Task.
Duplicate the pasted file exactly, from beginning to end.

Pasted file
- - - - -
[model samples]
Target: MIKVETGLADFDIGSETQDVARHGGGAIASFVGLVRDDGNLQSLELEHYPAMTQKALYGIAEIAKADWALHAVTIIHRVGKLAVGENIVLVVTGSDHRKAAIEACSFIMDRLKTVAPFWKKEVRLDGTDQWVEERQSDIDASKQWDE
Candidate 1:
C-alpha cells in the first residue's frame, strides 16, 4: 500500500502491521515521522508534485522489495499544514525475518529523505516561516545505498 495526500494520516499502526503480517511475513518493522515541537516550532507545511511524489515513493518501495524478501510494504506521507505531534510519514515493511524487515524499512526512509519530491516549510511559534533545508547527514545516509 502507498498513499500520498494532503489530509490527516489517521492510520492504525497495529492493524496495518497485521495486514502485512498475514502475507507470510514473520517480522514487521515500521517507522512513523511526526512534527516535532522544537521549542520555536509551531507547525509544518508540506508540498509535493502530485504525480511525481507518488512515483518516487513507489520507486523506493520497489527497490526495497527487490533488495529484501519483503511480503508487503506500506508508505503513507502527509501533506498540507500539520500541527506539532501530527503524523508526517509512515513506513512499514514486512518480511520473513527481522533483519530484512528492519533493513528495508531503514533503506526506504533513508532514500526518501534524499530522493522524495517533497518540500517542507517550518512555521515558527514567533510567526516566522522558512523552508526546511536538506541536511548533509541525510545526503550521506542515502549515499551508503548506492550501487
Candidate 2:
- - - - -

[model samples]
Target: MIKVETGLADFDIGSETQDVARHGGGAIASFVGLVRDDGNLQSLELEHYPAMTQKALYGIAEIAKADWALHAVTIIHRVGKLAVGENIVLVVTGSDHRKAAIEACSFIMDRLKTVAPFWKKEVRLDGTDQWVEERQSDIDASKQWDE
Candidate 1:
C-alpha cells in the first residue's frame, strides 16, 4: 500500500502491521515521522508534485522489495499544514525475518529523505516561516545505498 495526500494520516499502526503480517511475513518493522515541537516550532507545511511524489515513493518501495524478501510494504506521507505531534510519514515493511524487515524499512526512509519530491516549510511559534533545508547527514545516509 502507498498513499500520498494532503489530509490527516489517521492510520492504525497495529492493524496495518497485521495486514502485512498475514502475507507470510514473520517480522514487521515500521517507522512513523511526526512534527516535532522544537521549542520555536509551531507547525509544518508540506508540498509535493502530485504525480511525481507518488512515483518516487513507489520507486523506493520497489527497490526495497527487490533488495529484501519483503511480503508487503506500506508508505503513507502527509501533506498540507500539520500541527506539532501530527503524523508526517509512515513506513512499514514486512518480511520473513527481522533483519530484512528492519533493513528495508531503514533503506526506504533513508532514500526518501534524499530522493522524495517533497518540500517542507517550518512555521515558527514567533510567526516566522522558512523552508526546511536538506541536511548533509541525510545526503550521506542515502549515499551508503548506492550501487
Candidate 2: